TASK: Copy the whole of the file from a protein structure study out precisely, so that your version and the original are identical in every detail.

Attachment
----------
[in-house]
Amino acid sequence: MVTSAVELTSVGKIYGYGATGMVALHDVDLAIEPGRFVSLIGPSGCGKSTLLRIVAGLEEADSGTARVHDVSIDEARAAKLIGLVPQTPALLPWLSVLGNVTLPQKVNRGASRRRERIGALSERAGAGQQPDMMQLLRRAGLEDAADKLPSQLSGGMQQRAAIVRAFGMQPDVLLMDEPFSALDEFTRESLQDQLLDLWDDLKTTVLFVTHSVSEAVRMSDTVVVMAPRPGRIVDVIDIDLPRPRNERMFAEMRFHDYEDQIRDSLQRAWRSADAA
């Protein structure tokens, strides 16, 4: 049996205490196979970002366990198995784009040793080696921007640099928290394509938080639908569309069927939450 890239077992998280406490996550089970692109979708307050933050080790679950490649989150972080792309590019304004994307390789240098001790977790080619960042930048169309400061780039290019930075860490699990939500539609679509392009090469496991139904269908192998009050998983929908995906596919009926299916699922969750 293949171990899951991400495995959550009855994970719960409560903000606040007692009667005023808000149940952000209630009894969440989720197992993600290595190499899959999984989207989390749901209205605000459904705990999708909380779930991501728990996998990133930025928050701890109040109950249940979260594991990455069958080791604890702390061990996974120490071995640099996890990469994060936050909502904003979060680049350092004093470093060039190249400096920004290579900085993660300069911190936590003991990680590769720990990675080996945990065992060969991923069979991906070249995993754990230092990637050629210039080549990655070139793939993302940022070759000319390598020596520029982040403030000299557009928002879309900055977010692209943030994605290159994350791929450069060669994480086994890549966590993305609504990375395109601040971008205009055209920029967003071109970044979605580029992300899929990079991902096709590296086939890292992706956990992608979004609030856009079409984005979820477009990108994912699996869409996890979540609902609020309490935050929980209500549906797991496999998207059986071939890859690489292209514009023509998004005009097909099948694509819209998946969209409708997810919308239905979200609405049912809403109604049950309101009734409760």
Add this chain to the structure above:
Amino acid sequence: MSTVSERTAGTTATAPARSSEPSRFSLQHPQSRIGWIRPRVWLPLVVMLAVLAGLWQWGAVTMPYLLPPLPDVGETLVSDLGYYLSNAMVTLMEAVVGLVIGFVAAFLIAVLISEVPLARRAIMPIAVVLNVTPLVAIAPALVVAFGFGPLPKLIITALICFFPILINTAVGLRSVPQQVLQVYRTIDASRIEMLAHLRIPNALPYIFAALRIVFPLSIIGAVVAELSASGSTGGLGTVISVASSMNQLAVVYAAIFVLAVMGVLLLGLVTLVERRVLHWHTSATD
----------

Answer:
[in-house]
Amino acid sequence: MVTSAVELTSVGKIYGYGATGMVALHDVDLAIEPGRFVSLIGPSGCGKSTLLRIVAGLEEADSGTARVHDVSIDEARAAKLIGLVPQTPALLPWLSVLGNVTLPQKVNRGASRRRERIGALSERAGAGQQPDMMQLLRRAGLEDAADKLPSQLSGGMQQRAAIVRAFGMQPDVLLMDEPFSALDEFTRESLQDQLLDLWDDLKTTVLFVTHSVSEAVRMSDTVVVMAPRPGRIVDVIDIDLPRPRNERMFAEMRFHDYEDQIRDSLQRAWRSADAA
């Protein structure tokens, strides 16, 4: 049996205490196979970002366990198995784009040793080696921007640099928290394509938080639908569309069927939450 890239077992998280406490996550089970692109979708307050933050080790679950490649989150972080792309590019304004994307390789240098001790977790080619960042930048169309400061780039290019930075860490699990939500539609679509392009090469496991139904269908192998009050998983929908995906596919009926299916699922969750 293949171990899951991400495995959550009855994970719960409560903000606040007692009667005023808000149940952000209630009894969440989720197992993600290595190499899959999984989207989390749901209205605000459904705990999708909380779930991501728990996998990133930025928050701890109040109950249940979260594991990455069958080791604890702390061990996974120490071995640099996890990469994060936050909502904003979060680049350092004093470093060039190249400096920004290579900085993660300069911190936590003991990680590769720990990675080996945990065992060969991923069979991906070249995993754990230092990637050629210039080549990655070139793939993302940022070759000319390598020596520029982040403030000299557009928002879309900055977010692209943030994605290159994350791929450069060669994480086994890549966590993305609504990375395109601040971008205009055209920029967003071109970044979605580029992300899929990079991902096709590296086939890292992706956990992608979004609030856009079409984005979820477009990108994912699996869409996890979540609902609020309490935050929980209500549906797991496999998207059986071939890859690489292209514009023509998004005009097909099948694509819209998946969209409708997810919308239905979200609405049912809403109604049950309101009734409760």
Add this chain to the structure above:
Amino acid sequence: MSTVSERTAGTTATAPARSSEPSRFSLQHPQSRIGWIRPRVWLPLVVMLAVLAGLWQWGAVTMPYLLPPLPDVGETLVSDLGYYLSNAMVTLMEAVVGLVIGFVAAFLIAVLISEVPLARRAIMPIAVVLNVTPLVAIAPALVVAFGFGPLPKLIITALICFFPILINTAVGLRSVPQQVLQVYRTIDASRIEMLAHLRIPNALPYIFAALRIVFPLSIIGAVVAELSASGSTGGLGTVISVASSMNQLAVVYAAIFVLAVMGVLLLGLVTLVERRVLHWHTSATD